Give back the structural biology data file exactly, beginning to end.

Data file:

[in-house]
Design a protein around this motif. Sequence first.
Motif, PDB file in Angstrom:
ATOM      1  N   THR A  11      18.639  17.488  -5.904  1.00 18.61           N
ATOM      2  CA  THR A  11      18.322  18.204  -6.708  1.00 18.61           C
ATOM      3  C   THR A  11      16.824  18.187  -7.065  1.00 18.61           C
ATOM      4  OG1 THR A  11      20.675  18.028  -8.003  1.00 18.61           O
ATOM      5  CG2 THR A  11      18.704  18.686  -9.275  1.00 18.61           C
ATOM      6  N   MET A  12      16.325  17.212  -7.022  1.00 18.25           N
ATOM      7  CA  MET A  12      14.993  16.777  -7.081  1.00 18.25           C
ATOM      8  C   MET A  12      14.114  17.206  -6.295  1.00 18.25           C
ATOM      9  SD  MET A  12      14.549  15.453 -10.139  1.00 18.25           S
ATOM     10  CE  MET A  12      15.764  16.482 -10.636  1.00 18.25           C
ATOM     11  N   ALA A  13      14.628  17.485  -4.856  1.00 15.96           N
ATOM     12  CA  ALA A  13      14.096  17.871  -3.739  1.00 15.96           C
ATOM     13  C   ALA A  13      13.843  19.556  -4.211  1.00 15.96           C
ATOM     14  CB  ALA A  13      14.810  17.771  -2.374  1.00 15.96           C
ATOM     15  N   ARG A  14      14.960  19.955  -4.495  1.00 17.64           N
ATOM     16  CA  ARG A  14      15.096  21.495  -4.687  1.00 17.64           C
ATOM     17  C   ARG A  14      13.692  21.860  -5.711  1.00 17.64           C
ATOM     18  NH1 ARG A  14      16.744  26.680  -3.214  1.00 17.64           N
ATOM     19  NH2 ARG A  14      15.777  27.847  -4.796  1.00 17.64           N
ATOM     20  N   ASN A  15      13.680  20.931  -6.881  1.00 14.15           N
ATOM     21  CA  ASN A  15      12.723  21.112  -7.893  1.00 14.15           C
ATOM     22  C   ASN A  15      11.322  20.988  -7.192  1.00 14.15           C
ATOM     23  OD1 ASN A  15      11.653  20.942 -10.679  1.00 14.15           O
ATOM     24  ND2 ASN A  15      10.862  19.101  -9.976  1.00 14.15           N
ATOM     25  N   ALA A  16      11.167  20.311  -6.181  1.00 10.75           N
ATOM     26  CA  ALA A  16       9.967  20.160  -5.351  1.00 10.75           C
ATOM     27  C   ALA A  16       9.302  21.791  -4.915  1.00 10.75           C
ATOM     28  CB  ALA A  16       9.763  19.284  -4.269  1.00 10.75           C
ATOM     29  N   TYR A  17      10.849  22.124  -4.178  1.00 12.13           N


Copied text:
[in-house]
Design a protein around this motif. Sequence first.
Motif, PDB file in Angstrom:
ATOM      1  N   THR A  11      18.639  17.488  -5.904  1.00 18.61           N
ATOM      2  CA  THR A  11      18.322  18.204  -6.708  1.00 18.61           C
ATOM      3  C   THR A  11      16.824  18.187  -7.065  1.00 18.61           C
ATOM      4  OG1 THR A  11      20.675  18.028  -8.003  1.00 18.61           O
ATOM      5  CG2 THR A  11      18.704  18.686  -9.275  1.00 18.61           C
ATOM      6  N   MET A  12      16.325  17.212  -7.022  1.00 18.25           N
ATOM      7  CA  MET A  12      14.993  16.777  -7.081  1.00 18.25           C
ATOM      8  C   MET A  12      14.114  17.206  -6.295  1.00 18.25           C
ATOM      9  SD  MET A  12      14.549  15.453 -10.139  1.00 18.25           S
ATOM     10  CE  MET A  12      15.764  16.482 -10.636  1.00 18.25           C
ATOM     11  N   ALA A  13      14.628  17.485  -4.856  1.00 15.96           N
ATOM     12  CA  ALA A  13      14.096  17.871  -3.739  1.00 15.96           C
ATOM     13  C   ALA A  13      13.843  19.556  -4.211  1.00 15.96           C
ATOM     14  CB  ALA A  13      14.810  17.771  -2.374  1.00 15.96           C
ATOM     15  N   ARG A  14      14.960  19.955  -4.495  1.00 17.64           N
ATOM     16  CA  ARG A  14      15.096  21.495  -4.687  1.00 17.64           C
ATOM     17  C   ARG A  14      13.692  21.860  -5.711  1.00 17.64           C
ATOM     18  NH1 ARG A  14      16.744  26.680  -3.214  1.00 17.64           N
ATOM     19  NH2 ARG A  14      15.777  27.847  -4.796  1.00 17.64           N
ATOM     20  N   ASN A  15      13.680  20.931  -6.881  1.00 14.15           N
ATOM     21  CA  ASN A  15      12.723  21.112  -7.893  1.00 14.15           C
ATOM     22  C   ASN A  15      11.322  20.988  -7.192  1.00 14.15           C
ATOM     23  OD1 ASN A  15      11.653  20.942 -10.679  1.00 14.15           O
ATOM     24  ND2 ASN A  15      10.862  19.101  -9.976  1.00 14.15           N
ATOM     25  N   ALA A  16      11.167  20.311  -6.181  1.00 10.75           N
ATOM     26  CA  ALA A  16       9.967  20.160  -5.351  1.00 10.75           C
ATOM     27  C   ALA A  16       9.302  21.791  -4.915  1.00 10.75           C
ATOM     28  CB  ALA A  16       9.763  19.284  -4.269  1.00 10.75           C
ATOM     29  N   TYR A  17      10.849  22.124  -4.178  1.00 12.13           N